Firms urged to ‘break from tradition’ on staff benefits
July 12, 2017
- Preston expert says mindset need to shift from reward to engagement
- Low staff engagement presents a major risk for employers
- Ageing workforce will be a major challenge over next two decades
Businesses are risking serious staffing issues by not moving with the times when it comes to rewarding and motivating their people, according to a Preston-based adviser.
Andrew Selby, an employee rewards specialist at Chiks, says businesses need to view employee benefits as a way to engage with staff, rather than thinking of them solely as a financial reward.
And he believes firms should also be tailoring employee benefits packages to reflect their organisation and workforce, rather than making do with what they’ve done before or what competitors do.
Mr Selby, a financial planning consultant who advises businesses across the UK on staff benefits, said: “The conventional approach is to pay people a salary and offer a pension. But many staff these days want flexibility in their working hours and benefits that reflect their lifestyle. Much of this depends on age and what stage of life they are at.
“Staff benefits need to be seen not necessarily as a financial reward, but a way of standing out from the crowd and a way to genuinely engage with employees. It’s about finding out what they want, not telling them what they should have.”
According to Mr Selby, the issue of employee benefits is all the more important due to the increase in numbers of employees from the ‘baby boomer’ generation, which could mean greater pressure on employers as the demands of an ageing population unfold.
Around a third of children born in the UK in 2012 are expected to celebrate their 100th birthday, compared to just 1% of those born in 1908.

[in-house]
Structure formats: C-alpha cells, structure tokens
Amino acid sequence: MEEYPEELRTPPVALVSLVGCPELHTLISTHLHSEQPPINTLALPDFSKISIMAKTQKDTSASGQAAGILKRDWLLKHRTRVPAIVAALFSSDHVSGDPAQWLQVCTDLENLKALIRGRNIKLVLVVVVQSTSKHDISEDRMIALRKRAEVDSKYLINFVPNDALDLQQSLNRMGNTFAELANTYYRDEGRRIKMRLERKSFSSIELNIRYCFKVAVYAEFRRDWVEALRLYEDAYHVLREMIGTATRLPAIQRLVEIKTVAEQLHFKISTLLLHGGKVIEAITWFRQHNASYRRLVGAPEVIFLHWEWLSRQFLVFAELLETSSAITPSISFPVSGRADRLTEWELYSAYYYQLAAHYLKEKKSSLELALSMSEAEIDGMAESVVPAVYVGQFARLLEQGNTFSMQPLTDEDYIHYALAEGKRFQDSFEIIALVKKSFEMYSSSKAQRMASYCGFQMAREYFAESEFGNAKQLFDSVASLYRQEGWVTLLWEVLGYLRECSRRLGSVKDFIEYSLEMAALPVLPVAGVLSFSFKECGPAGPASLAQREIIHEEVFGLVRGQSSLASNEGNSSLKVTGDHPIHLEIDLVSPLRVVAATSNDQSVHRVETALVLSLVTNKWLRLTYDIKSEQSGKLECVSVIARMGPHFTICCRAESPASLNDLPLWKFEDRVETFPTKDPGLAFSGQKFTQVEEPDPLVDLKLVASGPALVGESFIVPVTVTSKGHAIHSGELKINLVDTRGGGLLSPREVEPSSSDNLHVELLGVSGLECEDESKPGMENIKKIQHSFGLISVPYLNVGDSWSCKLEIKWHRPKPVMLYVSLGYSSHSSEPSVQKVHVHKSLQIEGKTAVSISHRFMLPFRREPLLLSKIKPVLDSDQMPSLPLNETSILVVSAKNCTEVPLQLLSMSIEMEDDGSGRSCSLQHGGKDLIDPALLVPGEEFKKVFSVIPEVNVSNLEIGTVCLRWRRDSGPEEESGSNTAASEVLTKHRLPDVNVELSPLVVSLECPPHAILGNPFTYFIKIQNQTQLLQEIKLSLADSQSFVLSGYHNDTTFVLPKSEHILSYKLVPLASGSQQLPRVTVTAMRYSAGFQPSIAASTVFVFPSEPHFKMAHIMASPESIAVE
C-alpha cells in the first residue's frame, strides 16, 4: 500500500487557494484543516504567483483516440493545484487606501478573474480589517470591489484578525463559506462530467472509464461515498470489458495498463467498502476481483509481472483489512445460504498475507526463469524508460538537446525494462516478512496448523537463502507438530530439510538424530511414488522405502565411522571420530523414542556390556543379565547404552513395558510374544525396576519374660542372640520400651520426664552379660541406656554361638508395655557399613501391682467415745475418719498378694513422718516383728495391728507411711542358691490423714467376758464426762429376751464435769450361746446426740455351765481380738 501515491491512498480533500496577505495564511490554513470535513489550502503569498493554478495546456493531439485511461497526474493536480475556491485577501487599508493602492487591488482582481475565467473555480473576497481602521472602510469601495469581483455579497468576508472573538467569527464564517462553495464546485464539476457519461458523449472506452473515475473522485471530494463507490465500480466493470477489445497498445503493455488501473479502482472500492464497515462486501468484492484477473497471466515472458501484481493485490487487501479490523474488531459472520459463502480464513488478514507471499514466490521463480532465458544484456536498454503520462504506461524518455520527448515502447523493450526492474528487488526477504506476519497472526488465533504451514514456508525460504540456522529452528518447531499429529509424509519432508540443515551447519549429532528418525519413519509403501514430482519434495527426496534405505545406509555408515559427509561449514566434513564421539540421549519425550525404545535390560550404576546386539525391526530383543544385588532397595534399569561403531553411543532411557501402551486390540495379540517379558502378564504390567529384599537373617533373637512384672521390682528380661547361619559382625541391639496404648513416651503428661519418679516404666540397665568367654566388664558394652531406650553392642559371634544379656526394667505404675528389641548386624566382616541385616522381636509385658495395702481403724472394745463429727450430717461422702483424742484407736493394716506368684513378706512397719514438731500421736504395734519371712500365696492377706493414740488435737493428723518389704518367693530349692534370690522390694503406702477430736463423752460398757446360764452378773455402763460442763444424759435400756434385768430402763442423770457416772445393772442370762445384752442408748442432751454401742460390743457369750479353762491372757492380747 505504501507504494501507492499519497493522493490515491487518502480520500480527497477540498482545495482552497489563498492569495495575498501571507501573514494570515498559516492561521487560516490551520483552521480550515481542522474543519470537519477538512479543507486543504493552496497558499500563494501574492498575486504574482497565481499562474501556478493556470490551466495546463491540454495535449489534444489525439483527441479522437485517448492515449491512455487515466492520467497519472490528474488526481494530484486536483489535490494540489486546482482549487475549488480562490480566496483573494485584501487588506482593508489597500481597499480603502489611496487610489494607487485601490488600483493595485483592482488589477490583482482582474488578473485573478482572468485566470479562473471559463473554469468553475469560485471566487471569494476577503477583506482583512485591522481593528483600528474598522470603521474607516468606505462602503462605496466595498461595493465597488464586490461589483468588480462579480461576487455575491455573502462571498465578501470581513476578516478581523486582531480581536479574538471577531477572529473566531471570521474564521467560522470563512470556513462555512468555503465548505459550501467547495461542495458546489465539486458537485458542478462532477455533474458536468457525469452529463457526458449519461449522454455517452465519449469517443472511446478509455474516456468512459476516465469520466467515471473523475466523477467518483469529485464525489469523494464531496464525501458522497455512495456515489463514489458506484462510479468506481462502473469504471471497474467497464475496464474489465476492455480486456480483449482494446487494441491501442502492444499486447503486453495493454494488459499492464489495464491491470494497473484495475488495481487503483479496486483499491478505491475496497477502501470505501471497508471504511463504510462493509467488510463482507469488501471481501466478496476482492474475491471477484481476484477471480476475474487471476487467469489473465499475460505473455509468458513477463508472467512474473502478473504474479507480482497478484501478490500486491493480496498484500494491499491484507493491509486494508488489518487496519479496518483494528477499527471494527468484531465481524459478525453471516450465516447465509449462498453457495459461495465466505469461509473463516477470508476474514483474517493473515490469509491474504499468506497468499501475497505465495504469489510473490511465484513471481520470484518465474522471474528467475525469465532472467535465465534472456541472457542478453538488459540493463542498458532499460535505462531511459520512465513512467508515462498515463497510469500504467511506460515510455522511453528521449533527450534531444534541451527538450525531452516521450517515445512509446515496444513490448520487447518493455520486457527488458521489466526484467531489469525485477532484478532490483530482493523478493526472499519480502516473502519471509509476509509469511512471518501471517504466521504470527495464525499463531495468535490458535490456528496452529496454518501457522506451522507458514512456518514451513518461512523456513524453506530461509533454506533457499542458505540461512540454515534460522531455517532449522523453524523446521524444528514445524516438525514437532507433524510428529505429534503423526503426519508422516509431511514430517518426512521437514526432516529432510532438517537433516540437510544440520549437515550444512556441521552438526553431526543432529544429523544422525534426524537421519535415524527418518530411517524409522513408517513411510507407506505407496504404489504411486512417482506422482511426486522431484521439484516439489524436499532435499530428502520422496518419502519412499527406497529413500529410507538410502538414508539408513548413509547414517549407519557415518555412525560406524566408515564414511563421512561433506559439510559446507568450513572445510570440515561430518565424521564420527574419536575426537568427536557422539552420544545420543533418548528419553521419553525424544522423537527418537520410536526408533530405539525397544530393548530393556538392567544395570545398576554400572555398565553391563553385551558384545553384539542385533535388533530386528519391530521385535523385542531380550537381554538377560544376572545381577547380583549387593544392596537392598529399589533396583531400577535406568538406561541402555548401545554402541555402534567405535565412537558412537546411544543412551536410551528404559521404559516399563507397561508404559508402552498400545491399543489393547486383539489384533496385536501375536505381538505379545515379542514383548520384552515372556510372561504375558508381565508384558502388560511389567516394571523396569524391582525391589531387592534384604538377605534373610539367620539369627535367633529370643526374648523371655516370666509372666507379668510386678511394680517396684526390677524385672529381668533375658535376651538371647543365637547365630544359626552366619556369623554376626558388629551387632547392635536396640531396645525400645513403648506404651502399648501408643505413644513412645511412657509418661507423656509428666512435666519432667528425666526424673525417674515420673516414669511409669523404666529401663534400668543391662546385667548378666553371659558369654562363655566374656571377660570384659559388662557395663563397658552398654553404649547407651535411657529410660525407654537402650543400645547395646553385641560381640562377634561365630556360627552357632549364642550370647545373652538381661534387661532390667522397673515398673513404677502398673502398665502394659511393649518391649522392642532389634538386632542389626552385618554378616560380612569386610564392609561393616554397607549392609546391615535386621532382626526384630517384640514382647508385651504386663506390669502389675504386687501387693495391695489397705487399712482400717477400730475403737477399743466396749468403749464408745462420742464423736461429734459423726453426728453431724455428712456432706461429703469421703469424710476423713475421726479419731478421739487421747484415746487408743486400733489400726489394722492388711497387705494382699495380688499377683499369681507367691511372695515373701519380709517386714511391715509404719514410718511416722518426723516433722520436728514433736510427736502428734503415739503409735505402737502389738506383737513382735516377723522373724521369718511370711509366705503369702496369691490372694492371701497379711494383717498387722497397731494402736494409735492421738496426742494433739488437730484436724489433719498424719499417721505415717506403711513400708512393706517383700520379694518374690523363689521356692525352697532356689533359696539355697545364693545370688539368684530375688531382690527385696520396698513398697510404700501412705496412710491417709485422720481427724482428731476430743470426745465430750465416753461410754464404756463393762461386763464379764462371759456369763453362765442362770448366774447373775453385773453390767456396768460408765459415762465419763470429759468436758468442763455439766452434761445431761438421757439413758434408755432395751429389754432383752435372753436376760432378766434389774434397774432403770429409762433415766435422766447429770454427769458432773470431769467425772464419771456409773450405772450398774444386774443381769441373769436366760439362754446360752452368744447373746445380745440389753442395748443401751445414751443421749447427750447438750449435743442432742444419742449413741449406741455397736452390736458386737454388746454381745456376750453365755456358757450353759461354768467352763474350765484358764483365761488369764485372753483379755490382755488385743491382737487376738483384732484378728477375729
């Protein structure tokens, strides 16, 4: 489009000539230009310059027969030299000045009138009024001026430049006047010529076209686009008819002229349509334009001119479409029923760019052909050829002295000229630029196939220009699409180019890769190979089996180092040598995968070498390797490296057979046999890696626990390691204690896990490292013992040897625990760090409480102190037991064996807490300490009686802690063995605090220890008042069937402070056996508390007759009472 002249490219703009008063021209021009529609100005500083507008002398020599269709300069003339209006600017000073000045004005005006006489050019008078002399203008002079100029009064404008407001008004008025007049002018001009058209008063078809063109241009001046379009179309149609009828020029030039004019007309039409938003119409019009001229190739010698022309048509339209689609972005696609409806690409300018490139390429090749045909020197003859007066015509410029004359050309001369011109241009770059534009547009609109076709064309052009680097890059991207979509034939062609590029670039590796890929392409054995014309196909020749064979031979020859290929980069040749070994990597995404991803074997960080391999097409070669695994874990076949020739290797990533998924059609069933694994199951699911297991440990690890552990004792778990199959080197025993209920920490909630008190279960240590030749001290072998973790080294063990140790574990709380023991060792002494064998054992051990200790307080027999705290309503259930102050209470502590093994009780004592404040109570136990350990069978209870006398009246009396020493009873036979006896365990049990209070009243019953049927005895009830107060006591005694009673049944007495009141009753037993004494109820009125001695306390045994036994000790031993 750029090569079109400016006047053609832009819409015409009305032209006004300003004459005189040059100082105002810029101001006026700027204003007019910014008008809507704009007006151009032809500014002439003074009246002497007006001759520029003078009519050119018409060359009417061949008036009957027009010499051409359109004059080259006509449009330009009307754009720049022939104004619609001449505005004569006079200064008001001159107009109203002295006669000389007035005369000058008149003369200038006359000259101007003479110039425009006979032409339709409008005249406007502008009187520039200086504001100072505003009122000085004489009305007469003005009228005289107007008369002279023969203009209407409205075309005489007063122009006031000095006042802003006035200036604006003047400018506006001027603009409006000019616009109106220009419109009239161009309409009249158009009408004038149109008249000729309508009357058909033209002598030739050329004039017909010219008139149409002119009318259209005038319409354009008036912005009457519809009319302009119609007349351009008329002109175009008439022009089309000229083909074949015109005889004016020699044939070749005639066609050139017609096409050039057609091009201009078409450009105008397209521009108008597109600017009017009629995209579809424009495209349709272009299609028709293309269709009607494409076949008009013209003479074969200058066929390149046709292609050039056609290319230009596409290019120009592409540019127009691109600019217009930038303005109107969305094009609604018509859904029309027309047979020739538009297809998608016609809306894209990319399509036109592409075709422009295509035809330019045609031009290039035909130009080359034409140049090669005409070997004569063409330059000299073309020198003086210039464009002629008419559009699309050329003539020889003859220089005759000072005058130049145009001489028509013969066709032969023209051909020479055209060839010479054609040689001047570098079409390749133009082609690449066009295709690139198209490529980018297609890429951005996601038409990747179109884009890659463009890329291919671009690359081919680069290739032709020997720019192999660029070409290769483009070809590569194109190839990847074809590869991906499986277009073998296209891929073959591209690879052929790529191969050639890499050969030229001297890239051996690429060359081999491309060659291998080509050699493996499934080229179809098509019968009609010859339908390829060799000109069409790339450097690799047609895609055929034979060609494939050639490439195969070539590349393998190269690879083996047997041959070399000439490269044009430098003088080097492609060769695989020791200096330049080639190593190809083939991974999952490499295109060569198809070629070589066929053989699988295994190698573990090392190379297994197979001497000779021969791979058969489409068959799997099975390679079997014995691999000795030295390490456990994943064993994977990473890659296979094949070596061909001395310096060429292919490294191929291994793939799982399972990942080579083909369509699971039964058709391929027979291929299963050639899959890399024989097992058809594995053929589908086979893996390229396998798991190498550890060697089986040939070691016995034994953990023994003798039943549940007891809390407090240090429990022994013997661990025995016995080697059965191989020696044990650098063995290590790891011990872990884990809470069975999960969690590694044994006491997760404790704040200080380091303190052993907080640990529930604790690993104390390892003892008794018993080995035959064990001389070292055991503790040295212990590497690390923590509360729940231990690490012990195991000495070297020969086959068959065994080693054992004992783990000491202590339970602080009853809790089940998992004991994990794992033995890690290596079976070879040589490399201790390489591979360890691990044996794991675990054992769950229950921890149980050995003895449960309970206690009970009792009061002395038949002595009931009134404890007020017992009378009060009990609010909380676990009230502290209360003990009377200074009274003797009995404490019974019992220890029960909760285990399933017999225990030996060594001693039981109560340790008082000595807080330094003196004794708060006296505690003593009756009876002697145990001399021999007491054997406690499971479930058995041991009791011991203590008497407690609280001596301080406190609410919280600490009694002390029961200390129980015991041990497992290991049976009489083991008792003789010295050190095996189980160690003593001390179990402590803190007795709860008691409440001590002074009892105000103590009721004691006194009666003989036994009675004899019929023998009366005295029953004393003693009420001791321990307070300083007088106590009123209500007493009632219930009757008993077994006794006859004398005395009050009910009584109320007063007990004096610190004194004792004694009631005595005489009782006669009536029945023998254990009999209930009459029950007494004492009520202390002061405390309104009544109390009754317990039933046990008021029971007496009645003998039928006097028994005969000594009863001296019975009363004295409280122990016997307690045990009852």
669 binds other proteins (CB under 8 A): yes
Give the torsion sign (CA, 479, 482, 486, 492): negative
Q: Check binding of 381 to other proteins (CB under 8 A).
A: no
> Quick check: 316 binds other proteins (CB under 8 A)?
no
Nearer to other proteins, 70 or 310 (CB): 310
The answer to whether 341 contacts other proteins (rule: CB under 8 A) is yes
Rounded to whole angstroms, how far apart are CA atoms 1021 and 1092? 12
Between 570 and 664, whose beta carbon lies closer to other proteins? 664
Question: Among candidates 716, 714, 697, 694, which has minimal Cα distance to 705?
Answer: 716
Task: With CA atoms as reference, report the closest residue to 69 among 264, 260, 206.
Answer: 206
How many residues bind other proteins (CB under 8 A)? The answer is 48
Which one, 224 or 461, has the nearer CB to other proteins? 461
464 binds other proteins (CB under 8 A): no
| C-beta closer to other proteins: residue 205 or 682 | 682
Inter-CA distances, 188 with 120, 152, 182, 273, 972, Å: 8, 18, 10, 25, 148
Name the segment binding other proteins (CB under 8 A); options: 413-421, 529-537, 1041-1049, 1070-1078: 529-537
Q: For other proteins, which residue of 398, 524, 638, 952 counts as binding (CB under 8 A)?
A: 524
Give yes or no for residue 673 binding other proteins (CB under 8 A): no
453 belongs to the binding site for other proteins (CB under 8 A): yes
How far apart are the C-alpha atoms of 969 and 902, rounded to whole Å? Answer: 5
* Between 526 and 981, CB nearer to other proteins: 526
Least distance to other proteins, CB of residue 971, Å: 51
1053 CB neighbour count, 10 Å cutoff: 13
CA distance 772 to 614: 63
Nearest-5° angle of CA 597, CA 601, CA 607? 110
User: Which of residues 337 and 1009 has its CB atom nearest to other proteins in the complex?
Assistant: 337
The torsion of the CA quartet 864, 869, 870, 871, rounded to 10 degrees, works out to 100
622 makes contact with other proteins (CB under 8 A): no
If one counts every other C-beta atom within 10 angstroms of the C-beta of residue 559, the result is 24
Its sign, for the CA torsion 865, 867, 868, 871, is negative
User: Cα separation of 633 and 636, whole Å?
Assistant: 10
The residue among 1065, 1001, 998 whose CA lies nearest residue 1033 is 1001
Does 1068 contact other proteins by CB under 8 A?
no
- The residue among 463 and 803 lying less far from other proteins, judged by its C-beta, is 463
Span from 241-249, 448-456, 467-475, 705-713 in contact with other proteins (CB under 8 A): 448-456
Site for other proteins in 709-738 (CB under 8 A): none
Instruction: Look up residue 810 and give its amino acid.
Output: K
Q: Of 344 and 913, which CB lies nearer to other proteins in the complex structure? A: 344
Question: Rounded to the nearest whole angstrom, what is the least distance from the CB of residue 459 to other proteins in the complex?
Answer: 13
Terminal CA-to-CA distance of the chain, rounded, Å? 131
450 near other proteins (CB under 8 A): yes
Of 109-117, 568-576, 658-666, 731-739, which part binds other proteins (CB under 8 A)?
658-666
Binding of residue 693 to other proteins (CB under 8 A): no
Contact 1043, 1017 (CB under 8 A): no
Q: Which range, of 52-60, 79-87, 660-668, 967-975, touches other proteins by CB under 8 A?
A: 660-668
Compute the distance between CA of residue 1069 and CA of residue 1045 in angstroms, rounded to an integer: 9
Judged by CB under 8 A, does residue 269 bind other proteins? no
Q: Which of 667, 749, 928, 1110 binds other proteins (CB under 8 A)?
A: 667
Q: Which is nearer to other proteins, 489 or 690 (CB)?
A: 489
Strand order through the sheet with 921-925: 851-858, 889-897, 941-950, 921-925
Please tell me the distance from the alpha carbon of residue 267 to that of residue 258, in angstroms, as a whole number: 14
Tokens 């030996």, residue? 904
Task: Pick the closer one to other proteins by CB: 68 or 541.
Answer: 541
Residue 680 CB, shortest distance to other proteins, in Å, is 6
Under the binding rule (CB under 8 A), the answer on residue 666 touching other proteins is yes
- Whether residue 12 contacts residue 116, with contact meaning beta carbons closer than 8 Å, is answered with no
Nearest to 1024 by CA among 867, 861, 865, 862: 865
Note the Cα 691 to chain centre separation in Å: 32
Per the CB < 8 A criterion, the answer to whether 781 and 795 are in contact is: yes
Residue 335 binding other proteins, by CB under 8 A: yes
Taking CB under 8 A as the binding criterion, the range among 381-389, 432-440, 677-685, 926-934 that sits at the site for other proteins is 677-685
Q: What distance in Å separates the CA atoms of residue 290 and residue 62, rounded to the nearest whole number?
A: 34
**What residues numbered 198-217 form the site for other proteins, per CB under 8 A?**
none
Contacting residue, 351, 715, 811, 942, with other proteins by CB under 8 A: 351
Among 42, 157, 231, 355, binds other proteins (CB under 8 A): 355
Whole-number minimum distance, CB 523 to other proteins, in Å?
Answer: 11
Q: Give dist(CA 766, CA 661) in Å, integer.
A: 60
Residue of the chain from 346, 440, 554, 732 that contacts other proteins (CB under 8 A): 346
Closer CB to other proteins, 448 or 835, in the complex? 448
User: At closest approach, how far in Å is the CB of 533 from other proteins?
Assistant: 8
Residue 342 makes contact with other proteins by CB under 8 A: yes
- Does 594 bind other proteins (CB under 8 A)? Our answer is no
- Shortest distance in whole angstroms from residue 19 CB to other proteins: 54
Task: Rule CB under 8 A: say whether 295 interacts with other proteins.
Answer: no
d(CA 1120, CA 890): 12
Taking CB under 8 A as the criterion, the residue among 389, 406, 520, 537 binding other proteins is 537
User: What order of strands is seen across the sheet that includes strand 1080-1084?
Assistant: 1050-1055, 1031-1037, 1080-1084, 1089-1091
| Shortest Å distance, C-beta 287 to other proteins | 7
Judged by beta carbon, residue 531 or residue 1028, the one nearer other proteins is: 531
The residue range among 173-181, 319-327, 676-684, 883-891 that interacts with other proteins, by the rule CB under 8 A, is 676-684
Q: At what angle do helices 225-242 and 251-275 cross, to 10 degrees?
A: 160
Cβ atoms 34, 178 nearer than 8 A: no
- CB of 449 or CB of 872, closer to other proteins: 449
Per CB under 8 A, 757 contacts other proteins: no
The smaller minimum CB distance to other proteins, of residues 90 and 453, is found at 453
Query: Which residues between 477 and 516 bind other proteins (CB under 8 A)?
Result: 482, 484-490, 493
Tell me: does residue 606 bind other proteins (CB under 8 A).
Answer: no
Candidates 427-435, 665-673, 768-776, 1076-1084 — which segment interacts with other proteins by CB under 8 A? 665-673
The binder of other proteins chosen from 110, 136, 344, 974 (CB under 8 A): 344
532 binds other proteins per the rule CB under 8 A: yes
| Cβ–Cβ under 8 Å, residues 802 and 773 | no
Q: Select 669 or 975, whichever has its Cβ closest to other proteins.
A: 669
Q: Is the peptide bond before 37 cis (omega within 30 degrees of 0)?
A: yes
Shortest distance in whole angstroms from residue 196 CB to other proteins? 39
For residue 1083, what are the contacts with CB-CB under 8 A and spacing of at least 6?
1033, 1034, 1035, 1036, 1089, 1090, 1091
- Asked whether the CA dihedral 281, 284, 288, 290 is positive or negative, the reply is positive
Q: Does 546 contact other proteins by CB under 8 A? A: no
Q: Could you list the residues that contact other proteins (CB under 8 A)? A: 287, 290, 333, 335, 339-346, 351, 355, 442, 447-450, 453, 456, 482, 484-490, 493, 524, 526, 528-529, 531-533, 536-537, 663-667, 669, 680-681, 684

A 2016 report by the Chartered Institute of Personnel and Development (CIPD)*, showed the number of people in the UK aged 65 is expected to increase by 50 per cent by 2030, and the number of people over the age of 85 will have doubled.
“Retaining older workers with their lifetime of training and on-the-job experience is going to become increasingly more important to employers,” added Mr Selby. “Older workers might want more flexibility, maybe its ill-health plans and insurance, or perhaps they are simply more inclined towards enhanced retirement and investment options.
“Equally though employers need to be able to attract and motivate “millennials” as they represent the future of companies. These two groups of society have very different expectations and can place emphasis and importance on very different benefits. Softer benefits such as gym memberships, technology schemes and flexible working may appeal more to this group.
“Whatever it is, benefits packages are one of the most tangible ways for employers to show they value their employees regardless of age. Business should speak to staff to understand just what it is they want before launching new benefits packages.”
*Source: Creating More Fulfilling Lives for Older Workers